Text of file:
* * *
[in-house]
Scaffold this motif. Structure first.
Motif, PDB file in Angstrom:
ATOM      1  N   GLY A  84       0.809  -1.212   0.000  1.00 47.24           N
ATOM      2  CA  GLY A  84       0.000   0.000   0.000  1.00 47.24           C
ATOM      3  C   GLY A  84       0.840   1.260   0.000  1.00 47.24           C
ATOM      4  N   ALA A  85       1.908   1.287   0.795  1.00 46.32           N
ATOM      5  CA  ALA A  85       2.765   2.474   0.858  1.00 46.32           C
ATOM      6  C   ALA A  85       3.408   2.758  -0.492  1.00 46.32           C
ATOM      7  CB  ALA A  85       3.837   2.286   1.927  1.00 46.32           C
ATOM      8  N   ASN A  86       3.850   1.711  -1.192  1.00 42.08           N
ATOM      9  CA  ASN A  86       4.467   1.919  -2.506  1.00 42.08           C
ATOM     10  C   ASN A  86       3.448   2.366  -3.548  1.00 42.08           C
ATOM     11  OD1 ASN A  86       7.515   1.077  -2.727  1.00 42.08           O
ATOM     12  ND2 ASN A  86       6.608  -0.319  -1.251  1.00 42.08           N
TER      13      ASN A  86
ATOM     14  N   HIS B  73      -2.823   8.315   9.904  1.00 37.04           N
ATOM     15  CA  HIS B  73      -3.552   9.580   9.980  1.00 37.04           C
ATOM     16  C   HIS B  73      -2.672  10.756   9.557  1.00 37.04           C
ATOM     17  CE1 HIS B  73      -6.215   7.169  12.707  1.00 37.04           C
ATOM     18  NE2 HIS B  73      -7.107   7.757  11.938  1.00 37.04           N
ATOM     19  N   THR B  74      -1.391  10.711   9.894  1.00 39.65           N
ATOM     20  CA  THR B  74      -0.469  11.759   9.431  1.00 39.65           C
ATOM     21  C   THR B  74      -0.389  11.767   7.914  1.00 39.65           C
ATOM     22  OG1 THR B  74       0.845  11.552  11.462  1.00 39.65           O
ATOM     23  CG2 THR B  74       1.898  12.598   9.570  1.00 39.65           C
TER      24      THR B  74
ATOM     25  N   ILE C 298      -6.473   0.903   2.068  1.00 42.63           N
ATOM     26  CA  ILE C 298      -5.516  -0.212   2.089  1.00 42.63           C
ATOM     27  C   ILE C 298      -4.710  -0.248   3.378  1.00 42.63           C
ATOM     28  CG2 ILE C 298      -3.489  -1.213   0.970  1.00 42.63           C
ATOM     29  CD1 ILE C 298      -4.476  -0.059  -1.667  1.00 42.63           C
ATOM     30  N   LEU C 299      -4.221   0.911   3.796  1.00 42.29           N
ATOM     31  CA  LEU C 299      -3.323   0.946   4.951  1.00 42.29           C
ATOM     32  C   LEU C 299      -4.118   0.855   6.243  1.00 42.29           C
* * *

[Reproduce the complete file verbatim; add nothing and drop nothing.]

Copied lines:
[in-house]
Scaffold this motif. Structure first.
Motif, PDB file in Angstrom:
ATOM      1  N   GLY A  84       0.809  -1.212   0.000  1.00 47.24           N
ATOM      2  CA  GLY A  84       0.000   0.000   0.000  1.00 47.24           C
ATOM      3  C   GLY A  84       0.840   1.260   0.000  1.00 47.24           C
ATOM      4  N   ALA A  85       1.908   1.287   0.795  1.00 46.32           N
ATOM      5  CA  ALA A  85       2.765   2.474   0.858  1.00 46.32           C
ATOM      6  C   ALA A  85       3.408   2.758  -0.492  1.00 46.32           C
ATOM      7  CB  ALA A  85       3.837   2.286   1.927  1.00 46.32           C
ATOM      8  N   ASN A  86       3.850   1.711  -1.192  1.00 42.08           N
ATOM      9  CA  ASN A  86       4.467   1.919  -2.506  1.00 42.08           C
ATOM     10  C   ASN A  86       3.448   2.366  -3.548  1.00 42.08           C
ATOM     11  OD1 ASN A  86       7.515   1.077  -2.727  1.00 42.08           O
ATOM     12  ND2 ASN A  86       6.608  -0.319  -1.251  1.00 42.08           N
TER      13      ASN A  86
ATOM     14  N   HIS B  73      -2.823   8.315   9.904  1.00 37.04           N
ATOM     15  CA  HIS B  73      -3.552   9.580   9.980  1.00 37.04           C
ATOM     16  C   HIS B  73      -2.672  10.756   9.557  1.00 37.04           C
ATOM     17  CE1 HIS B  73      -6.215   7.169  12.707  1.00 37.04           C
ATOM     18  NE2 HIS B  73      -7.107   7.757  11.938  1.00 37.04           N
ATOM     19  N   THR B  74      -1.391  10.711   9.894  1.00 39.65           N
ATOM     20  CA  THR B  74      -0.469  11.759   9.431  1.00 39.65           C
ATOM     21  C   THR B  74      -0.389  11.767   7.914  1.00 39.65           C
ATOM     22  OG1 THR B  74       0.845  11.552  11.462  1.00 39.65           O
ATOM     23  CG2 THR B  74       1.898  12.598   9.570  1.00 39.65           C
TER      24      THR B  74
ATOM     25  N   ILE C 298      -6.473   0.903   2.068  1.00 42.63           N
ATOM     26  CA  ILE C 298      -5.516  -0.212   2.089  1.00 42.63           C
ATOM     27  C   ILE C 298      -4.710  -0.248   3.378  1.00 42.63           C
ATOM     28  CG2 ILE C 298      -3.489  -1.213   0.970  1.00 42.63           C
ATOM     29  CD1 ILE C 298      -4.476  -0.059  -1.667  1.00 42.63           C
ATOM     30  N   LEU C 299      -4.221   0.911   3.796  1.00 42.29           N
ATOM     31  CA  LEU C 299      -3.323   0.946   4.951  1.00 42.29           C
ATOM     32  C   LEU C 299      -4.118   0.855   6.243  1.00 42.29           C